6 September: Joseph in Genesis.
Let's say that you're teaching the Bible as literature to a group of bright high-schoolers, and your best student, a bomb-thrower (who likes you), concludes aloud to the class that the story of Joseph (Genesis 27-50) has nothing redemptive or heroic about it. She claims that it's a tale of human misery, greed, stupidity, and disloyalty. You need to respond.
20 September: Moses in Exodus
You're doing the same job, teaching the Bible as literature to a group of smart people who are younger than you are. Bomb-throwing student from last time really likes you, so she's going to challenge you again. You have pointed out that the God in Exodus is remarkably human. She takes that assertion and runs with it. In fact, she argues, this deity is so human that he's as disagreeable as he is human. Which specific aspects of this all-too-human disagreeable deity do you think she means? Cite some of them and answer her, agreeing or disagreeing.
4 October: Homer, Odyssey
Your class has read the excerpts from Odyssey in our anthology (195-380). Some of its members might have read it more closely than you have. A small cadre, delighted by the marital togetherness in Book 23 in the olive-tree bed (357-64) after all the violence upon the hero's return to Ithaca, nevertheless does not believe that this warm reunion was inevitable. What can you say in response? What evidence does Homer give you in his depictions of Odysseus and Penelope that what occurred is exactly what should have happened?
11 October: Sophocles, Oedipus
As you have probably heard, things do not turn out well for the hero of our tragedy, since that is generally what is expected in this dramatic genre. Sophocles seems to believe much more in determinism than in free will. Yet, at the same time, Oedipus could have stopped his inquiries at any juncture and gone on with his life. Or could he have done so? As an ancient Greek philosopher once said, character equals fate. Who you are determines what happens to you.
How does the playwright invite you to solve this conundrum? Would Oedipus’s character allowed him to change his fate?
As part of your analysis, take this notorious speech by Jocasta into account:
Why should man fear since chance is all in all
for him, and he can clearly foreknow nothing?
Best to live lightly, as one can, unthinkingly.
As to your mother’s marriage-bed, don’t fear it.
Before this, in dreams too, as well as oracles,
man a man has lain with his own mother.
But he to whom such things are nothing bears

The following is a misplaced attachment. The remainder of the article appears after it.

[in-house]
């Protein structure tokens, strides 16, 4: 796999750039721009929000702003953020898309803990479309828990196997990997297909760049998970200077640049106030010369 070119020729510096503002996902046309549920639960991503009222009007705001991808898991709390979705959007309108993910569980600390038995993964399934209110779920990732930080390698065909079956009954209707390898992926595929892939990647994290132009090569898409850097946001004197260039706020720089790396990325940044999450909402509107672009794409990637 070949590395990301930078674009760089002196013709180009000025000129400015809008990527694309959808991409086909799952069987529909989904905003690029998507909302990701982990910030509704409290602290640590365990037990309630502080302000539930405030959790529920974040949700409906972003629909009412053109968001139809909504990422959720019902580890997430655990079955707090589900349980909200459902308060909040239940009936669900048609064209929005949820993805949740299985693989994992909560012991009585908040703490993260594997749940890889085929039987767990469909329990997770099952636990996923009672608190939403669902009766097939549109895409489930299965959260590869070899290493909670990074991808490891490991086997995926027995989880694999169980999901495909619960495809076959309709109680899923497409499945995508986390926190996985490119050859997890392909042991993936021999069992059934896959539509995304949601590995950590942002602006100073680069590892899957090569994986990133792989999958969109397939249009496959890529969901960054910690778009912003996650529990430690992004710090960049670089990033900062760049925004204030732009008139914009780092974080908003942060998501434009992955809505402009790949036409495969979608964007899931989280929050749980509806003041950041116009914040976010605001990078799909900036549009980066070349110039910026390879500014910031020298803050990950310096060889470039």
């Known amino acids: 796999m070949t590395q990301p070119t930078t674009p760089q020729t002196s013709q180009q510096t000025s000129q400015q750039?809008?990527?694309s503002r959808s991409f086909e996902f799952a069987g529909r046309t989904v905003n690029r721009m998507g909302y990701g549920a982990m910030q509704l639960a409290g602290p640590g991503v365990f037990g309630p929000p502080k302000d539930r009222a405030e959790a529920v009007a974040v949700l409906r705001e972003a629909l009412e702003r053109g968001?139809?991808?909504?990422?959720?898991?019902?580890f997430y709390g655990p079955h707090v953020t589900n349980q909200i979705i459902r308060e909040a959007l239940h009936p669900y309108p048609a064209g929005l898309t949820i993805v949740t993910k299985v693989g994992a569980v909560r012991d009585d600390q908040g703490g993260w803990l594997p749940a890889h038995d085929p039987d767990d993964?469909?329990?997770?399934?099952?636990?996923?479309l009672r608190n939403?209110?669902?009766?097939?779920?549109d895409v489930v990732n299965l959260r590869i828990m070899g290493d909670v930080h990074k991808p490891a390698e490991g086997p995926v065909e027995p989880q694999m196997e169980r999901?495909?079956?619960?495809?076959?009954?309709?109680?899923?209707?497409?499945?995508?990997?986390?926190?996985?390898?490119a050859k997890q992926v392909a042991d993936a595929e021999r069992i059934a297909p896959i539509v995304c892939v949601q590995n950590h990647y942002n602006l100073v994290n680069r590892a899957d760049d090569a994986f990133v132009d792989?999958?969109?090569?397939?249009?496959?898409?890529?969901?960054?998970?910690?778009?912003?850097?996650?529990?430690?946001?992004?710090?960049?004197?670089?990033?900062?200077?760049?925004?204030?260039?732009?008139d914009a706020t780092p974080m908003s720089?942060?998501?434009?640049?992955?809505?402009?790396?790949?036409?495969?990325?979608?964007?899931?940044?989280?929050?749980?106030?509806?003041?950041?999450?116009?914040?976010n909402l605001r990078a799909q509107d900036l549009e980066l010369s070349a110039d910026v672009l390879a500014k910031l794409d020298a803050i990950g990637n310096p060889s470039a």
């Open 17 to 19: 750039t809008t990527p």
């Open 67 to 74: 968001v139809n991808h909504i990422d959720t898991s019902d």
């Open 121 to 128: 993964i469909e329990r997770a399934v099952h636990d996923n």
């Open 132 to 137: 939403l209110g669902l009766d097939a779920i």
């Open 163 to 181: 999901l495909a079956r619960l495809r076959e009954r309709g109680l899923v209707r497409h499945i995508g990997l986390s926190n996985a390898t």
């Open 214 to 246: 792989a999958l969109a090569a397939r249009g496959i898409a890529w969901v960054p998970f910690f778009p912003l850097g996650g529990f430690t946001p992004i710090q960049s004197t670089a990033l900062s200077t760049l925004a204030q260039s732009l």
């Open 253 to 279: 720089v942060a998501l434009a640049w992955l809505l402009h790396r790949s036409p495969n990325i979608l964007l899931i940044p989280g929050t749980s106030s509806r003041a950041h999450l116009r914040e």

his life most easily. (ll. 1044-51)
25 October: Virgil, Aeneid
This might surprise you, but in the Middle Ages (coming soon), the Aeneid had avid readers, and readers knew the characters very well: Aeneas, Dido, Turnus, Lavinia, Anchises, as well as the goddesses Juno and Venus. Their favorite books were 2, Aeneas's recounting of the fall of Troy, and then 4, the love story with Dido. Though Virgil seems very clear that most of the hero's actions are beyond his control and he must devote himself to his duty over love, medievals often read the Dido episode differently. They believed that Aeneas was faithless, treated Dido badly, and was a sorry excuse for a man. Based on your reading of Virgil's epic poem, how would you answer this charge that I've underlined?
1 November: Sappho and St. Augustine
Though our writers are separated by centuries, language, sex, religion, and sexual orientation, they nevertheless write about themselves and their feelings Find a Sappho lyric that would seem to have something in common with a passage from Augustine
15 November: Beowulf
What qualities in Beowulf make the hero heroic? Is everything deed-oriented, or are any of his qualities intrinsic? Does he have any interior life? If not, why not?
6 December: Dante, Inferno
Usually, a first-person narrator in any genre represents the author's attempt to invite us to "relate to" the speaker. Do you think this is the case with Inferno? If not, why not? If so, how are we supposed to identify with the "I" that Dante offers us?
20 December: Chaucer, Wife Of Bath's Prologue and Tale
You could say that Alison, the Wife, is the finest female character, or, frankly, finest character, period, until the rise of the novel. Yet, as you may notice, she is the creation of a man. What, if anything, seems obvious evidence that she is the product of a masculine, rather than a feminine consciousness?
Short, analytical papers can be a demanding form for the novice. We're often trained to summarize or describe (show) rather than explain why something is there or what it might be doing (explain). Please click the button below for some advice.
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good for nothing else, be wise. --Rochester